UK slaps fresh sanctions on Iran after Israel attack

The package of sanctions has been announced in co-ordination with the US and Canada, and follows Iran’s missile and drone attack against Israel earlier this month…reports Asian Lite News

The UK has announced sanctions against individuals and companies linked to Iran’s drone and missile industry. Two people linked to the country’s network of drone production, Seyed Mohsen Vahabzadeh Moghadam and Abbas Abdi Asjerd, will be subject to a UK travel ban and asset freeze.

The pair are directors of a network of Iranian companies involved in producing drones.

They also have connections to a man named Abdollah Mehrabi, head of an aerospace force within the Islamic Revolutionary Guard Corps (IRGC), who was sanctioned in 2022 for providing drones to Russia. Four companies – Bonyan Danesh Shargh, Pishro Sanat Aseman Sharif Company, Alvand Motorbuilding Industries Company and Moj Gostar Aseman Parvaz Company – will also face a UK asset freeze.

Foreign Secretary Lord Cameron said: “The Iranian regime’s dangerous attack on Israel risked thousands of civilian casualties and wider escalation in the region. Today the UK and our partners have sent a clear message – we will hold those responsible for Iran’s destabilising behaviour to account. Alongside our partners, we will continue to tighten the net on Iran’s ability to develop and export these deadly weapons.”

The package of sanctions has been announced in co-ordination with the US and Canada, and follows Iran’s missile and drone attack against Israel earlier this month.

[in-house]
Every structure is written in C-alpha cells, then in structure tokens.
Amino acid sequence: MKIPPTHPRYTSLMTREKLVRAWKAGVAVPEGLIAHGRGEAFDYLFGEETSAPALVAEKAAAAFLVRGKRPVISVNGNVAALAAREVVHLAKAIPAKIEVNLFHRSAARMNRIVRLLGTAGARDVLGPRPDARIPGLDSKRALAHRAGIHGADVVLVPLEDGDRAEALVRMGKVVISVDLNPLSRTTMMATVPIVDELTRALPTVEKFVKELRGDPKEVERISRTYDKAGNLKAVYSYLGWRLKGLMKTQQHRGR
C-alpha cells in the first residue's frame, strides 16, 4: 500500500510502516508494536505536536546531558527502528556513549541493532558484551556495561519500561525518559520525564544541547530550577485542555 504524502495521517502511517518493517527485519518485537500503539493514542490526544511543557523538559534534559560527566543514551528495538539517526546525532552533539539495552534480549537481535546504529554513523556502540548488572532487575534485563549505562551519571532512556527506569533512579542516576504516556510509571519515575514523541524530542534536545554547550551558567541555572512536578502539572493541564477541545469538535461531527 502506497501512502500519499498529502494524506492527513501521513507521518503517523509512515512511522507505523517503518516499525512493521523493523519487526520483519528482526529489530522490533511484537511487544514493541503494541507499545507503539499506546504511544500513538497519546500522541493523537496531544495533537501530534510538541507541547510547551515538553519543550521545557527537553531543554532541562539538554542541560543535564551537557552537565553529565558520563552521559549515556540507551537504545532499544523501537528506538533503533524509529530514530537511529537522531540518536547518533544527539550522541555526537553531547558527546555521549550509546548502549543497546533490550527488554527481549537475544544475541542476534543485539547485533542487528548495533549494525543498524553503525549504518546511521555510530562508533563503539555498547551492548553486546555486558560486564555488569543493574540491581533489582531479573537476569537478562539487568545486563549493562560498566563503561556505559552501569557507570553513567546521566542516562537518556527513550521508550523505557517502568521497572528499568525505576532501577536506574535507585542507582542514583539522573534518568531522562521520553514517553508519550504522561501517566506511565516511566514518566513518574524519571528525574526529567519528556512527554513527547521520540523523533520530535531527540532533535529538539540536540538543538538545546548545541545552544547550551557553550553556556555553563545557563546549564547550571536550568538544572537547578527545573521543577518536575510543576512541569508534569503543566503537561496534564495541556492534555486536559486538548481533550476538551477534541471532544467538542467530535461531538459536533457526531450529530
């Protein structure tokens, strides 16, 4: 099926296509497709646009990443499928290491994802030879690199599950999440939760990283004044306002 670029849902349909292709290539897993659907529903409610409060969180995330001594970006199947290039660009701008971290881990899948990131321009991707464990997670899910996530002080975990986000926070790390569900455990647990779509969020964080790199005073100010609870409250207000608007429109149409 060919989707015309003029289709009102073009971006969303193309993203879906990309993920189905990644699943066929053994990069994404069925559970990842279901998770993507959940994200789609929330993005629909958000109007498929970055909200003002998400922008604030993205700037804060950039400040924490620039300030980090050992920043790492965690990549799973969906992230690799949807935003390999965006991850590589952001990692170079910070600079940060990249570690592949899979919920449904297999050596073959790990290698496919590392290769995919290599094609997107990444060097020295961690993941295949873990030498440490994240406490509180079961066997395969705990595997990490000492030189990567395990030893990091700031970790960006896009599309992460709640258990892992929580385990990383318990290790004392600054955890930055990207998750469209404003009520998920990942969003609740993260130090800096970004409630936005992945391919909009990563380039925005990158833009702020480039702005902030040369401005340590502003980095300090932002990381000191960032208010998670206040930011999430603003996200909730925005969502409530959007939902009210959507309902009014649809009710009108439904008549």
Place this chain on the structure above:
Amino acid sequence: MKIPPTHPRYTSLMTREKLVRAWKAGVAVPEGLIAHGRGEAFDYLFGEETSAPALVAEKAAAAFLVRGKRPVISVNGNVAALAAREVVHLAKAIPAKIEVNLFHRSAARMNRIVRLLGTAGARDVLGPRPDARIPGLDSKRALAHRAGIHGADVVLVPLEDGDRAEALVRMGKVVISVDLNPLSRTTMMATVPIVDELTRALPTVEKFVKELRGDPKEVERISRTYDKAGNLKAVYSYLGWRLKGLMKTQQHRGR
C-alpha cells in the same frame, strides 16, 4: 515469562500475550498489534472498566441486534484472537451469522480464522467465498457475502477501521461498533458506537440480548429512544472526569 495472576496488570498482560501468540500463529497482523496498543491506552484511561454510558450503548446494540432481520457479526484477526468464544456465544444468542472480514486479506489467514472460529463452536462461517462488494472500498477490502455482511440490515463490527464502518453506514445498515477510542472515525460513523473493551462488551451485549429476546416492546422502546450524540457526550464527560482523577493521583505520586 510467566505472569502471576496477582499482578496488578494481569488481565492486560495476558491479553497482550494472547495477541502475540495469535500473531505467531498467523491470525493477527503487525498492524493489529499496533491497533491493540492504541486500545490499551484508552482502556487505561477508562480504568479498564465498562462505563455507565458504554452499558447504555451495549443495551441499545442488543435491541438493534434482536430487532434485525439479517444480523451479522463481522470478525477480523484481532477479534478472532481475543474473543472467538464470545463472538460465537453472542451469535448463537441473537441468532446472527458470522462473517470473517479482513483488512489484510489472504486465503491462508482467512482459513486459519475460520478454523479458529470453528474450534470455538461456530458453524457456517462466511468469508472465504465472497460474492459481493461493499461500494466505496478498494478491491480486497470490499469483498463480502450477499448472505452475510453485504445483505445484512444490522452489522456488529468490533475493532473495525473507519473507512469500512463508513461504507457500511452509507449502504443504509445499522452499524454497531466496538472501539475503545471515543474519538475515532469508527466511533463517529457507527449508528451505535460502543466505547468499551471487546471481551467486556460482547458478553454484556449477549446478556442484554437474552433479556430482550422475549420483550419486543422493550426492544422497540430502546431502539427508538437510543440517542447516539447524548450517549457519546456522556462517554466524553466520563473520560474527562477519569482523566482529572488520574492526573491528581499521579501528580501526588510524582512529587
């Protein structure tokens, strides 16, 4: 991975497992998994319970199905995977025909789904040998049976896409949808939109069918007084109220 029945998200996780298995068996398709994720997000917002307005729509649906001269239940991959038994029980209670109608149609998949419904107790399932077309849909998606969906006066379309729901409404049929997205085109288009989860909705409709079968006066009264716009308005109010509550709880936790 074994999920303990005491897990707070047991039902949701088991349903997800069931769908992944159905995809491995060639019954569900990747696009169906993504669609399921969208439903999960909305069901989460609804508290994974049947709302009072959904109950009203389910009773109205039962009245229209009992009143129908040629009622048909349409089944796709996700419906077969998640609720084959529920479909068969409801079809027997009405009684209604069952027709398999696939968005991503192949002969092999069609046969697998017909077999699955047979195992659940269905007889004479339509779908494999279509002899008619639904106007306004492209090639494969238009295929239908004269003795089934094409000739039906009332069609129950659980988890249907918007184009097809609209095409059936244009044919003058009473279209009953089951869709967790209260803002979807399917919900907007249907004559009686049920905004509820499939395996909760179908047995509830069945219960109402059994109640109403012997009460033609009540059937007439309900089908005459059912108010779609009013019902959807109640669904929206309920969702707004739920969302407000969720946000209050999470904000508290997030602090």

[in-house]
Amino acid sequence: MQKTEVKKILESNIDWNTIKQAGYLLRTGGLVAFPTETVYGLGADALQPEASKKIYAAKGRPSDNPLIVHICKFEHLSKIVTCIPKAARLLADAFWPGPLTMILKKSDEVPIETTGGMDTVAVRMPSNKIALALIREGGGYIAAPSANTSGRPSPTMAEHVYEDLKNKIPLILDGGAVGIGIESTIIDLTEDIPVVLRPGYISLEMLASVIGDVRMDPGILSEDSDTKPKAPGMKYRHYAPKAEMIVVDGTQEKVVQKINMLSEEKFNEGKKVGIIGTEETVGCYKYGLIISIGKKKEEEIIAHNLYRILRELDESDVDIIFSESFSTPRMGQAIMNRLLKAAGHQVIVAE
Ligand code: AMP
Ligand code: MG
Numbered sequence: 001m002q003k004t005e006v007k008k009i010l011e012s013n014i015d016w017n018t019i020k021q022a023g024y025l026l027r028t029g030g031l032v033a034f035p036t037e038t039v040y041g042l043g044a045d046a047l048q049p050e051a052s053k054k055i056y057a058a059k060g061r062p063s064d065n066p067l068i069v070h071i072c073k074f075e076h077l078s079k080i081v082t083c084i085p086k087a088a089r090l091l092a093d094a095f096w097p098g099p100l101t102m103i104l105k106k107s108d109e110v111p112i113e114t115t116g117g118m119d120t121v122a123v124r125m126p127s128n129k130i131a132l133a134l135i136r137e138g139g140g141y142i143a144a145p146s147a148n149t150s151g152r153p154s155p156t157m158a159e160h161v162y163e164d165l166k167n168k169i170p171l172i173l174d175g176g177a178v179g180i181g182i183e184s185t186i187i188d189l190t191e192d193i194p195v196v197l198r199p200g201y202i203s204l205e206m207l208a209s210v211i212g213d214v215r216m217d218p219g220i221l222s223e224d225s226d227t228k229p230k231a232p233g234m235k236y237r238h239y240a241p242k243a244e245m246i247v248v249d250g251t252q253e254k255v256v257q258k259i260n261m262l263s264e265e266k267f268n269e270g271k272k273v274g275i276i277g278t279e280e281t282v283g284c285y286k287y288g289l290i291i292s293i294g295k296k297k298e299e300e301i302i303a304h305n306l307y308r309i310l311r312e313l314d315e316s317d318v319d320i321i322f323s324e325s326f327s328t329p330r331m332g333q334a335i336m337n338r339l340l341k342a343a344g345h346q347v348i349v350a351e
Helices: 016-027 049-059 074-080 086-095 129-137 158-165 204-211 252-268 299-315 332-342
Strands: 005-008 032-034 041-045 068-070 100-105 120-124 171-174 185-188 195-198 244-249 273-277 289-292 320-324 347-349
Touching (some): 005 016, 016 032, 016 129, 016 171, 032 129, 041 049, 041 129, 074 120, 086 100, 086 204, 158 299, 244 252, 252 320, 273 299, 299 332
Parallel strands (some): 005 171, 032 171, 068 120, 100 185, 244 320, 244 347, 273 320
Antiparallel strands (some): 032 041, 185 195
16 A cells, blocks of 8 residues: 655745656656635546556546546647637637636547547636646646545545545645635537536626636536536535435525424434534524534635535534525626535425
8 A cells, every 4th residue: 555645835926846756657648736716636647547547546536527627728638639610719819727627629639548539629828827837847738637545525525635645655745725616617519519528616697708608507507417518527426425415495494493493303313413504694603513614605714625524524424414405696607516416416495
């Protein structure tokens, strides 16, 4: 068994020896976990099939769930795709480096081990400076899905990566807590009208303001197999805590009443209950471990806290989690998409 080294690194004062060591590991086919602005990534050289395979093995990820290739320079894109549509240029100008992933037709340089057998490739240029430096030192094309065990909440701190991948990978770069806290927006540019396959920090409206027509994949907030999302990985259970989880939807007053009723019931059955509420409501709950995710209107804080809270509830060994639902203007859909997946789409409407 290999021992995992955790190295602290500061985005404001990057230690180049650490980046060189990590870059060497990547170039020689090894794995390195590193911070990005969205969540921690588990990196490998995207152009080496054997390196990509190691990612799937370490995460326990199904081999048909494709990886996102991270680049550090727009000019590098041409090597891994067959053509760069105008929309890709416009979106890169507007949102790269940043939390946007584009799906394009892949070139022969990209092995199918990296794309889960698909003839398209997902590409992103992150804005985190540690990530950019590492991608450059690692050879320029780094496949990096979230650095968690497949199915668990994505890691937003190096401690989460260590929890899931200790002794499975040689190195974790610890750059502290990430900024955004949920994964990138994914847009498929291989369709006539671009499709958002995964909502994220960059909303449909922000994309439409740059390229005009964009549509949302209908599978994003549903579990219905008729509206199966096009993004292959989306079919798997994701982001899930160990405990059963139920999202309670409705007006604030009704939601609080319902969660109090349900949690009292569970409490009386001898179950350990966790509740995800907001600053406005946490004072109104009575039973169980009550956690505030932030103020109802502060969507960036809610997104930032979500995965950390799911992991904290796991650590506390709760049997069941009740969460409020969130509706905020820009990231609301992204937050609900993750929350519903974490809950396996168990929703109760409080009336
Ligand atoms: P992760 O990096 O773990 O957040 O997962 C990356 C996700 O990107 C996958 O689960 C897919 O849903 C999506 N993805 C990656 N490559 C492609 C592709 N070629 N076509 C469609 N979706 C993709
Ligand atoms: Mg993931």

A similar set of restrictions were announced on April 18, aimed at Iranian military top brass and defence organisations. G7 foreign ministers, including Lord Cameron, last week warned they were planning joint action in order to stifle Iran’s influence in the Middle East.

More than 400 sanctions have already been imposed on Iran by the UK, including on the entirety of the IRGC. The UK has further plans to expand trade sanctions against the Iranian regime by introducing a ban on exporting the component parts used in drone and missile production to Iran.

This is intended to deny Iran access to the parts it needs to make these weapons and limit its military capabilities.

Meanwhile, a Greek navy frigate fired on two drones approaching the ship in the Gulf of Aden on Thursday morning – one was shot down.

The second unmanned aerial vehicle then turned away, as reported by Greek radio (ERT), citing the Ministry of Defence in Athens. The frigate is continuing its mission, it added.

The frigate was escorting a merchant ship as part of the EU naval mission Aspides, which aims to protect merchant ships from attacks by the militant Islamist Houthi from Yemen.

The Gulf of Aden, off the Yemeni coast, links the Arabian Sea and the Red Sea.

Houthi militants have been attacking ships in the Red Sea region in what they say is retaliation for Israeli military action in the Gaza Strip.

Major shipping companies are increasingly avoiding the shortest sea route between Asia and Europe and sailing the much longer journey around South Africa’s Cape of Good Hope instead.

The Iran-backed Houthi militia say they want to force an end to the Israeli attacks in Gaza, which followed the unprecedented massacre by the Palestinian Islamist organisation Hamas last October.

Several Western countries, including the United States and Britain, have launched operations to protect ships in the region in response to the Houthi attacks. The European Union has also deployed a military operation to secure merchant shipping in the Red Sea.

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